COMMENTARY: Thank You, Dale

Dale Earnhardt, Jr., will run his final race as a full-time Monster Energy NASCAR Cup Series driver at Homestead Miami Speedway Sunday. A two-decade career pockmarked by a series of debilitating concussions prompted NASCAR’s perennial Most Popular Driver to announce that he will step away from the sport at season’s end, relinquishing the seat in Rick Hendrick’s potent No. 88 Chevrolet while still blessed with physical and mental faculties necessary to live a normal, happy life after racing.
Dale, Jr. will be missed
Dale seems fine with that decision. The rest of us, however, are struggling with the idea of a NASCAR race without Junior in it.
Drivers come and go with time. They always have, and they always will. Father Time is undefeated, and Earnhardt is not the first driver to be coerced into an early retirement by injury. As safe as NASCAR has become in recent years, Dale Jr. knows better than most how cruel this game can be, and how tenuous our grip is on tomorrow.
We will most certainly miss him on the race track, where every pass generated a joyous eruption from the grandstands. Junior never equaled the on-track success enjoyed by his legendary father, but if he had been born Dale Smith, Jr. — rather than Dale Earnhardt — his 26 career MENCS wins would have him discussed alongside the sport’s elite. Add another 24 victories and two championships in Xfinity Series competition and you’ve got a resume that 99% of racers would be proud to call their own.
It is off the track, however, where Earnhardt will be missed most.
 Junior’s Homestead throwback car
Over the years, he has gone from a reticent, painfully shy interview to one of the most insightful and candid voices in the sport. In the early days of his career, Earnhardt’s press-conference repertoire was limited to, “yup, nope” and “guess so.” Not yet able – or willing — to step out of his father’s all-enveloping shadow, Junior struggled to find his voice, staring at the ground, sucking nervously on his lower lip and wondering aloud why reporters and fans cared about his opinion at all.
In time, however, Junior became his own man. The loss of his father, coupled with the painful and senseless demise of the Dale Earnhardt, Inc. race team taught him valuable lessons about the unfairness of life. An eventual move to the juggernaut Hendrick Motorsports organization established him as a superstar in his own right; far more than just his father’s son.
In subsequent seasons, the once subdued Earnhardt slowly evolved into a Media Center favorite; a “go to guy” for reporters in search of insightful quotes and opinions on the current state of the sport.
Earnhardt always seemed to feel a sense of responsibility when dealing with the media. He told reporters once, “If you’re going to ask me a question, the least I can do is to think about my answer.”
Earnhardt was thoughtful with the media
Far more than the wins and Top-5 finishes, that’s what I will miss about Dale Earnhardt, Jr.
In a testosterone-rich sport where the reaction to injury has historically been “suck it up and walk it off,” Earnhardt singlehandedly changed the tenor of the conversation. After suffering a concussion in a high-speed crash at Talladega Superspeedway, Junior’s decision to step out of the car in the midst of the 2012 playoffs changed the way professional athletes – in all sports — look at head injuries. If it was okay for Dale Earnhardt, Jr. to put his health above all else, it was okay for others to do so, as well.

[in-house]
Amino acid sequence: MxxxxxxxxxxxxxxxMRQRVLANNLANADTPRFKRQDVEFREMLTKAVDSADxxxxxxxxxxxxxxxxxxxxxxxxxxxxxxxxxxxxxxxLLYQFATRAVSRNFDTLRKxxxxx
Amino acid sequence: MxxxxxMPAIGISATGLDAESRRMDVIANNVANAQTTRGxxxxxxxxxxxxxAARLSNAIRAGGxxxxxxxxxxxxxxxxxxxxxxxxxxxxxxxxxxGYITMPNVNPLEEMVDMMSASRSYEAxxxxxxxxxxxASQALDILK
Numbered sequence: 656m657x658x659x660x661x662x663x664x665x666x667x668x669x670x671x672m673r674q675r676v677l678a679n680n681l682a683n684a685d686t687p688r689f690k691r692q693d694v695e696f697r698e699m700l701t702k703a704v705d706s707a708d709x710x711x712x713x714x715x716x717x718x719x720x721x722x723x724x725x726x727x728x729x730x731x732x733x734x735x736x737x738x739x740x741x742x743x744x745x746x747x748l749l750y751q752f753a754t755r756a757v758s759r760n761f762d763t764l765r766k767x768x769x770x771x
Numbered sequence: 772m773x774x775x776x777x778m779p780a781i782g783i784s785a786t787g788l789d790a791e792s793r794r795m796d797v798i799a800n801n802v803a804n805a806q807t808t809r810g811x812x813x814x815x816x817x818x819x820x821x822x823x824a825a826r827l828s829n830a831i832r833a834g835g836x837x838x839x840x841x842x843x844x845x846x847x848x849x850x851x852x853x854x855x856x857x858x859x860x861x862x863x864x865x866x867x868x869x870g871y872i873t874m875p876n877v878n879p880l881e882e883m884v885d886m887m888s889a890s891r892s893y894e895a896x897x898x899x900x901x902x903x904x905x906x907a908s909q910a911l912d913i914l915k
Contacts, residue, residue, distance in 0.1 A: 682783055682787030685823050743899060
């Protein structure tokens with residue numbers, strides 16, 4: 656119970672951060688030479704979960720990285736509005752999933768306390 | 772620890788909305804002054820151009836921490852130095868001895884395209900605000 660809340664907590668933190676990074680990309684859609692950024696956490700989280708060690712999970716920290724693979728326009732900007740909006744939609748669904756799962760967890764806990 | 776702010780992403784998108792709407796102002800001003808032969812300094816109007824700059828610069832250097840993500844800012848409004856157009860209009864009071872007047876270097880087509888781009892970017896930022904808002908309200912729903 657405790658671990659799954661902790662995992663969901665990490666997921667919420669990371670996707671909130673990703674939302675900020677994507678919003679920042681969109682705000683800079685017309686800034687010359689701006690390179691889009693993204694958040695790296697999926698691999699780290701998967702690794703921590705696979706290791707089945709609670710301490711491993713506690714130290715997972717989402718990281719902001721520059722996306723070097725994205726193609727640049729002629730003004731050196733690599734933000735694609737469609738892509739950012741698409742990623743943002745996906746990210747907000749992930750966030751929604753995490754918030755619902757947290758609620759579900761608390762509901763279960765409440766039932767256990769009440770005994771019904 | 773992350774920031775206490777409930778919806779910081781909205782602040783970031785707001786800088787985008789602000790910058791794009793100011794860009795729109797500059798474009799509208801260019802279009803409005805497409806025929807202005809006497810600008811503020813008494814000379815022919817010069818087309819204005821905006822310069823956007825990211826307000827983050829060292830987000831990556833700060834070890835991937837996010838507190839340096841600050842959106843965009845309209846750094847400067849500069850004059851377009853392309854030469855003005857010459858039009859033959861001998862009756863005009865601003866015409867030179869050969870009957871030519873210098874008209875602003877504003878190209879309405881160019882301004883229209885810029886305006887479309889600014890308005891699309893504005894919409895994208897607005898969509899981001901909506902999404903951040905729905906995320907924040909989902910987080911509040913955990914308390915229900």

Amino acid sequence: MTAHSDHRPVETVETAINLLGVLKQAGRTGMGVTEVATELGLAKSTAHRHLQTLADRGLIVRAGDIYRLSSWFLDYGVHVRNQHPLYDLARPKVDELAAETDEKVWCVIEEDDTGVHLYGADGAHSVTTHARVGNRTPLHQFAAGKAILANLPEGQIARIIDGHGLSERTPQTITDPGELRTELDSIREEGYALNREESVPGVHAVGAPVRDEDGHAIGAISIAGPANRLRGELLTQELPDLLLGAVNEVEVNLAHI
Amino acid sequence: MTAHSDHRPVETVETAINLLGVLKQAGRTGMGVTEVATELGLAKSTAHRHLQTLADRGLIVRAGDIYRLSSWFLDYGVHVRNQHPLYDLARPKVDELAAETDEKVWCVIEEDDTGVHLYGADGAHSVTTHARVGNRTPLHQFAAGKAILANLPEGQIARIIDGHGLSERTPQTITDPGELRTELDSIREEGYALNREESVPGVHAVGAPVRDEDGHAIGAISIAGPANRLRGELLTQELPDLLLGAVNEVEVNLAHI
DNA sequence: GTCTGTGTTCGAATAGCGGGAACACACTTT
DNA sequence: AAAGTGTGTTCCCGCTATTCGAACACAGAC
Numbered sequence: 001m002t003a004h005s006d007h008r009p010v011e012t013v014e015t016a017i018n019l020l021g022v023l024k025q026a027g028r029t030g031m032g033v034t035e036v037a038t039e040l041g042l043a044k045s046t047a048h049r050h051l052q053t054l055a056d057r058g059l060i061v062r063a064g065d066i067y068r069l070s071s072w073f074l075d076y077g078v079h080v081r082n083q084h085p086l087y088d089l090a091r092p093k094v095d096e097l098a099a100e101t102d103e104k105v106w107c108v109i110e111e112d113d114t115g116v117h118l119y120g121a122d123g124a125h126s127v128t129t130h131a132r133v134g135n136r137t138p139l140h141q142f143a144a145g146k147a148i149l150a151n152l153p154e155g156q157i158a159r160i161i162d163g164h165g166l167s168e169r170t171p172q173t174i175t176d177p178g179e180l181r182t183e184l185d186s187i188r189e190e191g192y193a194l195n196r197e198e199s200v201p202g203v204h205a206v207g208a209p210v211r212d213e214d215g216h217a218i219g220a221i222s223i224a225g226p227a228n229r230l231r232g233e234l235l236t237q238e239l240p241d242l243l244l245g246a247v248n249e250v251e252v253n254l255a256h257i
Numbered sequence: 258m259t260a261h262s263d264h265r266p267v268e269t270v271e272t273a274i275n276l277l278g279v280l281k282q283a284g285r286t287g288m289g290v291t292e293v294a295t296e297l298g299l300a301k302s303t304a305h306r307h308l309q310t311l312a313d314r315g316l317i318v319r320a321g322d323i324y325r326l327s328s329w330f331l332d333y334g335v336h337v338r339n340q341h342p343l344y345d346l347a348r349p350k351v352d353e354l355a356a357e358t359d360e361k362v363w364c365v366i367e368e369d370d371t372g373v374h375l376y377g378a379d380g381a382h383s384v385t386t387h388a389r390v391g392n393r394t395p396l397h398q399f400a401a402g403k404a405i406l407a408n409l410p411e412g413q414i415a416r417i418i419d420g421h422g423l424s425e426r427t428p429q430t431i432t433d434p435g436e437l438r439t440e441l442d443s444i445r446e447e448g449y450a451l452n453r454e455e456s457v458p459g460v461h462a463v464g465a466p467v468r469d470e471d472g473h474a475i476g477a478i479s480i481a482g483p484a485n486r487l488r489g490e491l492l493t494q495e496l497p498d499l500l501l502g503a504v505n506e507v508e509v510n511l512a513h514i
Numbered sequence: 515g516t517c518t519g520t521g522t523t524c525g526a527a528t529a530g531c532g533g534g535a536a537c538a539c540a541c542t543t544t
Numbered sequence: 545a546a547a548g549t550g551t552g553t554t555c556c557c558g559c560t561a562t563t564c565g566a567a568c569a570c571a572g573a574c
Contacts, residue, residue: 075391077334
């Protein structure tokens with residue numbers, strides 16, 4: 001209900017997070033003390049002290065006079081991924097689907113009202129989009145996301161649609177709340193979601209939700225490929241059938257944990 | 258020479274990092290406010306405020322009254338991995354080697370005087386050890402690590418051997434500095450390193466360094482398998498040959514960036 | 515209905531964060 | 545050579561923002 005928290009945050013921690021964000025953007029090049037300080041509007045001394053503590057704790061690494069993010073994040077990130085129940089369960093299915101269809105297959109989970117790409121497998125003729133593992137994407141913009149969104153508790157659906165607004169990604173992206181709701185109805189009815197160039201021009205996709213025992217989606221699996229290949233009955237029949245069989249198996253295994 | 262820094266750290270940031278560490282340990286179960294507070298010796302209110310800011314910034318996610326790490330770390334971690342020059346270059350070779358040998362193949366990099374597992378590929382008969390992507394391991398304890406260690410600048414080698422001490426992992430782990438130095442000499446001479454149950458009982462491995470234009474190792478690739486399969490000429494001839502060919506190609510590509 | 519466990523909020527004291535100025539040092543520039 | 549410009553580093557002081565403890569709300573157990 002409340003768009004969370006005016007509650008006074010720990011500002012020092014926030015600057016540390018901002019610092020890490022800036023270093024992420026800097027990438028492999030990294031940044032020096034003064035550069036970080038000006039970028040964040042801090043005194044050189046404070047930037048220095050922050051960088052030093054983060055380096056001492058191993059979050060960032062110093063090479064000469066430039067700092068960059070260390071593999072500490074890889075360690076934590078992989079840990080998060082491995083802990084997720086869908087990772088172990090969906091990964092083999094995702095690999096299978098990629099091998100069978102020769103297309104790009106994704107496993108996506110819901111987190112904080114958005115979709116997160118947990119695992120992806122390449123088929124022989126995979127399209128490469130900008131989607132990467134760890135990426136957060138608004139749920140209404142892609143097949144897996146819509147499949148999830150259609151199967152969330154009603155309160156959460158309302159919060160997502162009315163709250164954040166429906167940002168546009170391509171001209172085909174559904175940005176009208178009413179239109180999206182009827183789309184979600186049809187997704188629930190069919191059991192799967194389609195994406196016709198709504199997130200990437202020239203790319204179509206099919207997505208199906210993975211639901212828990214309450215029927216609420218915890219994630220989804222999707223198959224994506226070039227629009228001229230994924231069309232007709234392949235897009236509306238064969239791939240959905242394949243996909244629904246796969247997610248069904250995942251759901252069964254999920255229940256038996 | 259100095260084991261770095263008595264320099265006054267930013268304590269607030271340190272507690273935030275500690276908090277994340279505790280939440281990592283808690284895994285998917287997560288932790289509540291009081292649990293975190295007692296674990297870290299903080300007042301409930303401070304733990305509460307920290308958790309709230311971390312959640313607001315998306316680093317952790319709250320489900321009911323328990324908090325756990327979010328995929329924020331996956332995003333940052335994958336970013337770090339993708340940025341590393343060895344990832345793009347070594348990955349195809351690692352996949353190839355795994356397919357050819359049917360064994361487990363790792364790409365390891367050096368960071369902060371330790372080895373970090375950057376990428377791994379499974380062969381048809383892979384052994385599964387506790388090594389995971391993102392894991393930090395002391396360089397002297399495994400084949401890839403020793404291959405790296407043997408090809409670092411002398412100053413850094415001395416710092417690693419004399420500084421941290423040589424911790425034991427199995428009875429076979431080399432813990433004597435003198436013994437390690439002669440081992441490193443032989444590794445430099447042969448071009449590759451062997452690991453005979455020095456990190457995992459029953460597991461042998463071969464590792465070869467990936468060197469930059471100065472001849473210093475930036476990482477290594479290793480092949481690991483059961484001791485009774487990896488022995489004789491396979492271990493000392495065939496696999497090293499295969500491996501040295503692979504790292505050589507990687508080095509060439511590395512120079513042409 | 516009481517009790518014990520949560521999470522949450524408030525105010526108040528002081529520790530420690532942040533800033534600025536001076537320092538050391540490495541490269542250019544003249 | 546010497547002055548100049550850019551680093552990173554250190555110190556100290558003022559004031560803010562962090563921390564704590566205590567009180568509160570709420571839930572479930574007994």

We will never know how many lives have been impacted – or even saved — by his example.
With that said, however, Earnhardt is already dropping subtle hints that Sunday’s Ford EcoBoost 400 may not be his final race, after all. Spirits soared here at Homestead earlier today, when he asked reporters whether NASCAR rules would allow him to take part in next season’s Xfinity Series finale. Whether he’s truly thinking of racing again one day, or simply yanking NASCAR Nation’s collective chain, Earnhardt proved once again that very few athletes “move the needle” as effortlessly as he.
“Quickly making up for lost time…”
Whether or not he ever straps in for another NASCAR race, Earnhardt will continue leave an indelible mark. Next season, he will move to the broadcast booth as an analyst for NBC Sports, bringing his unique insight and perspective to fans around the globe. It is entirely possible that Earnhardt will prove more valuable to NASCAR as a TV analyst than he was as a driver, and his JR Motorsports Xfinity Series team has established itself as one of the premier organizations in NASCAR’s second-tier.
Junior may be retiring as a full-time driver, but he’s definitely not going away. With a loving wife and a new baby on the way, Earnhardt is finally poised to experience the joys of life, outside the race car. By his own admission, he was a bit late arriving at that particular dance. But from all indications, he and Amy are quickly making up for lost time.
We wish him the best in that, and in his continuing efforts here in NASCAR.
Thanks, Dale, for sharing yourself with us. Thanks for sharing your talent, your intensity and your competitive fire. Thanks for sharing your successes and failures, your triumphs and your tragedies. Thanks for making us a part of your family, and for becoming part of ours.

Godspeed, and thanks for the memories.

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